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Theses

Sensibilité des calculs hydrologiques à la densité des réseaux de mesure hydrométrique et pluviométrique

Abstract : Rainfall and runoff data are very important to make hydrological computations for various objectives. Precipitation is essential information for water balance studies and for hydrological simulation and forecasting, since it is used as input of hydrological models. Runoff data are also essential to calibrate and validate models: they provide information on hydrological regimes, streamflow extremes, past trends and catchment hydrological behavior. Since precipitation and runoff are spatially and temporally variable, a good spatiotemporal representativeness of runoff and rainfall data is crucial to limit the uncertainty in hydrological computations. Therefore the presence of sufficiently dense hydrometeorological monitoring networks to account for this variability is essential. However, these networks may be expensive for their managers, leading to reflections on their rationalization. This rationalization, which often means a reduction of network density, can limit our knowledge of the hydrological cycle, and can significantly increase the uncertainties in hydrological computation. Quantifying this increase raises several difficulties, since it depends on the hydrological objectives, tools used and catchment characteristics. The main objective of this research was to study the impact of the spatiotemporal density of runoff and rainfall networks on the performances of several hydrological computations (namely simulation of daily streamflow, estimation of long term average streamflow and extreme streamflows). To get general results, studies were based on a large set of French catchments. The first part of this thesis focused on the impact of the hydrometric network density for ungauged or poorly gauged catchments. For ungauged catchments, the robustness of regionalization approaches was first analyzed by two methods of reduction of neighboring network density (hydrometrical desert and random reduction). Then the hydrometrical desert method was used to evaluate the sensitivity of hydrological computations on the spatial availability of runoff data. Our results suggest that for all the computations of streamflow considered here, the efficiency of the regionalization process decreases when the flow gauging network density is reduced. Results also show that this drop in efficiency is lower than the drop due to the regionalization method itself (i.e. going from gauged to ungauged situation; nothing beats the observed data on the studied sites). In a second step, we confirmed the value of using a few flow measurements on ungauged catchments, by combining this information with regional information. We pushed the analysis further by focusing on the differences between redundant measurements and random measurements, and by proposing equivalences. The second part focused on the impact of the rainfall network density on several hydrological computations. Results are less generalizable than those on the hydrometric network, revealing various trends within the set of catchments and between the hydrological computations considered. However, the decrease of GR4J model performances when the density of rainfall network is reduced seems to be related to the spatial variability of rainfall in the catchment.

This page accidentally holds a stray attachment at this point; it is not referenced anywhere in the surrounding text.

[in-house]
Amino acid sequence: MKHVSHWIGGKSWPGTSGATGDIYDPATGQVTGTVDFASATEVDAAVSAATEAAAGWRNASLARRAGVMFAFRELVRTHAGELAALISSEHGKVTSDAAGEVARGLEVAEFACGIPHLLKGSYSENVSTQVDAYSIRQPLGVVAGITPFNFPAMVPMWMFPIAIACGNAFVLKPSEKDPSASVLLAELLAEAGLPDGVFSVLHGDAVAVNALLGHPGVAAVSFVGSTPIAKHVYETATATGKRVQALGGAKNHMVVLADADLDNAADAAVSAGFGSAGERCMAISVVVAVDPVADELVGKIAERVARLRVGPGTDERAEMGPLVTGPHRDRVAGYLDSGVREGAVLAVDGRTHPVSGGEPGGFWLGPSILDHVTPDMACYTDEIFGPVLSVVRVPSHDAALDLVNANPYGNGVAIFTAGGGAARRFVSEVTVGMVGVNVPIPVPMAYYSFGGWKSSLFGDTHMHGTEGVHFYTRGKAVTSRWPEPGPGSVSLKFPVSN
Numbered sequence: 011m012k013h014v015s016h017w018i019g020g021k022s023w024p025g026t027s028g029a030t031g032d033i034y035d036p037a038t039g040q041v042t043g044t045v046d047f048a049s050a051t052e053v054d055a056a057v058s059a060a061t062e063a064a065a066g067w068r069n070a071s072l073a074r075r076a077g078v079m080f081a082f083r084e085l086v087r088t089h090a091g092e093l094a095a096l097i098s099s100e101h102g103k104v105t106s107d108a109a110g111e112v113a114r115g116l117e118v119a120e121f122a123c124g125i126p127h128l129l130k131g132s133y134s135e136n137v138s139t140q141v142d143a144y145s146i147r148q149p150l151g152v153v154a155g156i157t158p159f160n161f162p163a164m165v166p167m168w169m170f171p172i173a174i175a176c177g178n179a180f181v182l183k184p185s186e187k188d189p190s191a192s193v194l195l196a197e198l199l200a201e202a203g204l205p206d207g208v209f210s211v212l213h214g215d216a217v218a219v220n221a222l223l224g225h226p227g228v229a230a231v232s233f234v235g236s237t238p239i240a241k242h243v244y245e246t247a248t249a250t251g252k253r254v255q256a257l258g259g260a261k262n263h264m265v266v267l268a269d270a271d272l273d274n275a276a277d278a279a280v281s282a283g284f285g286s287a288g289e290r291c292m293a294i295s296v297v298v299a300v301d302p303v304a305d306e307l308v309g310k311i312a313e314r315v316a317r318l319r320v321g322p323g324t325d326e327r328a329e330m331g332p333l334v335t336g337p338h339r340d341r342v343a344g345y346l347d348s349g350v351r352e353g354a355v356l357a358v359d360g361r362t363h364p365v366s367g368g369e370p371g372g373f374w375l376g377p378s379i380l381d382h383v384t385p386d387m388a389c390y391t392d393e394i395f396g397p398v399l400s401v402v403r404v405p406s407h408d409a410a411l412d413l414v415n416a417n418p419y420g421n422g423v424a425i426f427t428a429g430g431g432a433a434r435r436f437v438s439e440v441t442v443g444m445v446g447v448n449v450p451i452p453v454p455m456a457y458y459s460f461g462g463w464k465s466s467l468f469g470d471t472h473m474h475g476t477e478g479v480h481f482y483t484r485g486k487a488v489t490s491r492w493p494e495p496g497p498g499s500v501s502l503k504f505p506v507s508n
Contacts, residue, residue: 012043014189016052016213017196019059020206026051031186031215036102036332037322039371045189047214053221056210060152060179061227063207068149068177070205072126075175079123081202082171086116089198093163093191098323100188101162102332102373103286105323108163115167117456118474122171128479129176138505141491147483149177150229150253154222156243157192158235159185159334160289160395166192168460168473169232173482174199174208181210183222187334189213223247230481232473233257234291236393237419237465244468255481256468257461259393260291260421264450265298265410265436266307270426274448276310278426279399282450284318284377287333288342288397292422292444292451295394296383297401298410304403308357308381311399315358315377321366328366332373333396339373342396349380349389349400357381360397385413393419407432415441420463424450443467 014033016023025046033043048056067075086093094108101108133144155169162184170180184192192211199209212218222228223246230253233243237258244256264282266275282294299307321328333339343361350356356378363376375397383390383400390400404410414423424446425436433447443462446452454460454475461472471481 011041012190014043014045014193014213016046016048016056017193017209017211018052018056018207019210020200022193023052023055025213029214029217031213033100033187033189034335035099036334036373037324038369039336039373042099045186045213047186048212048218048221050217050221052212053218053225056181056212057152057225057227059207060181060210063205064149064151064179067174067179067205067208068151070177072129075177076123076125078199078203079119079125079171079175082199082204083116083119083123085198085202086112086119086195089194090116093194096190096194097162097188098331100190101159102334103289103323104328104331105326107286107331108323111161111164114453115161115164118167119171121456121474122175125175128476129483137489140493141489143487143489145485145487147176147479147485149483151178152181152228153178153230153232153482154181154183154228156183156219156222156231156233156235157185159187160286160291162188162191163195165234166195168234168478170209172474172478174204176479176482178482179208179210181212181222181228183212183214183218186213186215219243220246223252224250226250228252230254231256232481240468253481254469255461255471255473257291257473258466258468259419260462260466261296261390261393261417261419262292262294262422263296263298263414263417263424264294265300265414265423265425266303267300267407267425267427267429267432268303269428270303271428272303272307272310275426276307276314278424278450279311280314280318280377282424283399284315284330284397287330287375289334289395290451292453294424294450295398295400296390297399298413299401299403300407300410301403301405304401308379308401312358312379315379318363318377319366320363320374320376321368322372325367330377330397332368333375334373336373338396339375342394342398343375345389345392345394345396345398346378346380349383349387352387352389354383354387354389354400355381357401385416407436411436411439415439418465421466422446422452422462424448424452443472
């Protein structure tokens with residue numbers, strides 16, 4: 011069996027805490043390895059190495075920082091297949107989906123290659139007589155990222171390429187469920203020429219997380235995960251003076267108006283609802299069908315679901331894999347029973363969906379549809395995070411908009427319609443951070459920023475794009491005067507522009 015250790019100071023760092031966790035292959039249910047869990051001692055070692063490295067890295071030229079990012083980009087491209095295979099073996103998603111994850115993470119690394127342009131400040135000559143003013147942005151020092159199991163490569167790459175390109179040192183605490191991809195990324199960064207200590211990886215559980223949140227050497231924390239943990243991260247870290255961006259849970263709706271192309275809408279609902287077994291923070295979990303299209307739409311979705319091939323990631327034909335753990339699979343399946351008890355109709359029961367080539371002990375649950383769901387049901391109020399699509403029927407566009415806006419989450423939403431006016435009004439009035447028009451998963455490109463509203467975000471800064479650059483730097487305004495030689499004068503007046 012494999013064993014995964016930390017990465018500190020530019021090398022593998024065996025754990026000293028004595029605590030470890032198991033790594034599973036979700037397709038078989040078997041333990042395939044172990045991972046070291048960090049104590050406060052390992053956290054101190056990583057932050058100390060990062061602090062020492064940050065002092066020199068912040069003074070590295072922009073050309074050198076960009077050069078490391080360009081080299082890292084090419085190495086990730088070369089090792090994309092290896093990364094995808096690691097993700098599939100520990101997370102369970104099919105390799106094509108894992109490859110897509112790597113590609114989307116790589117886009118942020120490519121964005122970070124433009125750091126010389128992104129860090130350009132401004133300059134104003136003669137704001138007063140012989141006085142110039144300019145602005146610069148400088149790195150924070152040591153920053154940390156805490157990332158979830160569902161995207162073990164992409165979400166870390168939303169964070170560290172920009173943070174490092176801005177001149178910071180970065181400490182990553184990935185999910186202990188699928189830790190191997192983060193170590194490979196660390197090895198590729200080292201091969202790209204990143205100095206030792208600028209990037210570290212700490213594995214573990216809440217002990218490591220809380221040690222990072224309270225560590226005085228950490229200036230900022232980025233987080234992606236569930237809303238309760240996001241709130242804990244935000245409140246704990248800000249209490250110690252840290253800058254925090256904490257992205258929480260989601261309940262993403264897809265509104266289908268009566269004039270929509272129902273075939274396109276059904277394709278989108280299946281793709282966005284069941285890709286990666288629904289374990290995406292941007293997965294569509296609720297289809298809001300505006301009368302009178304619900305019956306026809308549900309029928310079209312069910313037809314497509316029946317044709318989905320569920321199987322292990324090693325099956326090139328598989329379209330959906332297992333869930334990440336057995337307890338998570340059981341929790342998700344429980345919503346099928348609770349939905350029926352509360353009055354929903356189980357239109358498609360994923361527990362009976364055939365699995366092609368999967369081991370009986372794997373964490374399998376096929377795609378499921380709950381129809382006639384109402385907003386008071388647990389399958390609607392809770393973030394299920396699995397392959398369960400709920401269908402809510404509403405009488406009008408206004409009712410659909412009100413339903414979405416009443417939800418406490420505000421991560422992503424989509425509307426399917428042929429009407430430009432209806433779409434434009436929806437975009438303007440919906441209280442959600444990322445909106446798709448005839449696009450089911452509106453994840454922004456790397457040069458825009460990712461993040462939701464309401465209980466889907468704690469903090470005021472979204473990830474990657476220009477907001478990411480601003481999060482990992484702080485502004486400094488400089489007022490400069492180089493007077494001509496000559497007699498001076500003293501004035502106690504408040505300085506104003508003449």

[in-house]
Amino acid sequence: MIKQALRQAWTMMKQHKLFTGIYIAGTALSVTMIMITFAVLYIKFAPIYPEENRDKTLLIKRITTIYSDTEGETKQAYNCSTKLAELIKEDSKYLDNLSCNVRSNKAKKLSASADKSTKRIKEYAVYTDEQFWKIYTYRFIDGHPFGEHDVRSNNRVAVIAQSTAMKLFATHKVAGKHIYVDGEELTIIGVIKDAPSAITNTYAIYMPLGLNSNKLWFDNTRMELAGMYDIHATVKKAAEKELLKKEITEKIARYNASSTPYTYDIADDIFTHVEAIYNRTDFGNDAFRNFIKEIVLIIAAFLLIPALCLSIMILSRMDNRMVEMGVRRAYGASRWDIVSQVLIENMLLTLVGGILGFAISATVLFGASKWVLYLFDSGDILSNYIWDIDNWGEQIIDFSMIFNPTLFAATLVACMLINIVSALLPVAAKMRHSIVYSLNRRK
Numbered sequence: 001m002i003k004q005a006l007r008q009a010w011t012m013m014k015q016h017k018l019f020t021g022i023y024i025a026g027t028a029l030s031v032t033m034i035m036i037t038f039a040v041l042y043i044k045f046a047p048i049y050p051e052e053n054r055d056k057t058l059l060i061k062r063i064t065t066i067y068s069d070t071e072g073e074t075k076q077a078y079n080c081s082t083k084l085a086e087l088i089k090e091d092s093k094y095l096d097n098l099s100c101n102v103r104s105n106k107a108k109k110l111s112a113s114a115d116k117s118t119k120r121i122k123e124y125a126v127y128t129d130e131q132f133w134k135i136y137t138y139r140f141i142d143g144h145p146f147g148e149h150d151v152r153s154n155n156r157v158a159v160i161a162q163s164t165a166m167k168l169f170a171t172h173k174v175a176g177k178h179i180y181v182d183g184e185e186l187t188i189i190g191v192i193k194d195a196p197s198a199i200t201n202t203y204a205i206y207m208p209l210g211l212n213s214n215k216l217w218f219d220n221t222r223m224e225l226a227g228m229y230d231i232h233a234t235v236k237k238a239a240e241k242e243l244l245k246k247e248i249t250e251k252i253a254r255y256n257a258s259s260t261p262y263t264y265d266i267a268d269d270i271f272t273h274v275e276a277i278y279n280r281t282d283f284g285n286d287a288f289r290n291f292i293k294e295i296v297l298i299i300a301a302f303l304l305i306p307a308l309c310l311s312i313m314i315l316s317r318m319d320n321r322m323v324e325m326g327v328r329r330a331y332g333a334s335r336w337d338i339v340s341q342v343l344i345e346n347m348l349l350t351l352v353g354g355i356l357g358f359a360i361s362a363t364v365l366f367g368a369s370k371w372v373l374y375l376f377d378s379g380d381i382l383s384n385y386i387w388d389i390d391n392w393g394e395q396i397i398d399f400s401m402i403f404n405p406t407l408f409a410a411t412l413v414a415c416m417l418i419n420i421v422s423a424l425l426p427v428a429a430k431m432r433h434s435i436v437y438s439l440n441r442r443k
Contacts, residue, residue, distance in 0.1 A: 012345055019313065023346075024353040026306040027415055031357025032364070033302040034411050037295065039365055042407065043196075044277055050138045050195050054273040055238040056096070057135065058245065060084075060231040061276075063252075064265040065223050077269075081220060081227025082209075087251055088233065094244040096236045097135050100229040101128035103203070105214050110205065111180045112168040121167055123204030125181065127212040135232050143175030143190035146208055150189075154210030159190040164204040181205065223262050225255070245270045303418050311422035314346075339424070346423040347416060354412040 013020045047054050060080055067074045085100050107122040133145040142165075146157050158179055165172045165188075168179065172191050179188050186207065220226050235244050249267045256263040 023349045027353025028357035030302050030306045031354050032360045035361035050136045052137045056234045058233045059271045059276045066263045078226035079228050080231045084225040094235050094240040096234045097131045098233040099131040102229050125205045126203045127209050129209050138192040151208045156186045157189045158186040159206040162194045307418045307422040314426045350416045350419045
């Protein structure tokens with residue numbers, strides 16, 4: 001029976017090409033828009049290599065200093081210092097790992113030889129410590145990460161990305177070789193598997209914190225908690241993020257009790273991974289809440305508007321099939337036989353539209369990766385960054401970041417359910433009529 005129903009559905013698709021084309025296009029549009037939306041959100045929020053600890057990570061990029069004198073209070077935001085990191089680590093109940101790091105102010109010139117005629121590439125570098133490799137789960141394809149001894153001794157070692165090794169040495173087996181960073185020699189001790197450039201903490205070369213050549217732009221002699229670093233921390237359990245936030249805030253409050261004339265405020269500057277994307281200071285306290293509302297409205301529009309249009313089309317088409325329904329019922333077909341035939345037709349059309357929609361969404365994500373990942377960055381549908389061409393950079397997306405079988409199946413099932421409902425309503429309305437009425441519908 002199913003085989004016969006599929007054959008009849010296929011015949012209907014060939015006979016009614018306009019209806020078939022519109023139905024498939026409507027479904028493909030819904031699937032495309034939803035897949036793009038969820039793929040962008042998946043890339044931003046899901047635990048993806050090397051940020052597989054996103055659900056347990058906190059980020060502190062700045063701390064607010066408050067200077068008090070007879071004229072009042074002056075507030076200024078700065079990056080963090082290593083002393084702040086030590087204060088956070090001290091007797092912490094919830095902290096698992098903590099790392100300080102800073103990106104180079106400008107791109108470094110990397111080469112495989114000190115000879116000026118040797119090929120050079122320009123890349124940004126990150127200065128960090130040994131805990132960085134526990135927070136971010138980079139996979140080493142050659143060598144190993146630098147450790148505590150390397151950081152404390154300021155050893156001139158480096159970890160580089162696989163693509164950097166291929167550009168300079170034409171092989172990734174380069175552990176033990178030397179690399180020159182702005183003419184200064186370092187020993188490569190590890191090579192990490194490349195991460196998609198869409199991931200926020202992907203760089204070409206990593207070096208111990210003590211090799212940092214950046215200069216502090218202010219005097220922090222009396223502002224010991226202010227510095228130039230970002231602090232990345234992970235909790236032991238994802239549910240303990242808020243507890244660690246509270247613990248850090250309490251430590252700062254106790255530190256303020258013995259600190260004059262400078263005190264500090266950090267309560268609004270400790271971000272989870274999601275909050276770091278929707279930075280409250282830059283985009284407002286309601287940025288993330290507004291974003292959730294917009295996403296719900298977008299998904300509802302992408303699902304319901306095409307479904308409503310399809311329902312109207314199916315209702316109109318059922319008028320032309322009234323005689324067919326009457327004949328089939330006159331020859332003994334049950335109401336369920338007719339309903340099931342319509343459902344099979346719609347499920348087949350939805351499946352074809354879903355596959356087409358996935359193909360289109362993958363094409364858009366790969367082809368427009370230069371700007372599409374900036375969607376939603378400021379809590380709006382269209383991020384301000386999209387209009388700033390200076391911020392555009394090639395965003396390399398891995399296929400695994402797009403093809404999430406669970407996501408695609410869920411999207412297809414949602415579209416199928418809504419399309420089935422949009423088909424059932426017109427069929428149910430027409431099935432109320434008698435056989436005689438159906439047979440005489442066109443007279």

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L. Lebecherel. Sensibilité des calculs hydrologiques à la densité des réseaux de mesure hydrométrique et pluviométrique. Sciences de l'environnement. Doctorat Géosciences, Ressources Naturelles et Environnement, Spécialité : Hydrologie, Institut des Sciences et Industries du Vivant et de l'Environnement AgroParisTech, 2015. Français. ⟨tel-02602066⟩

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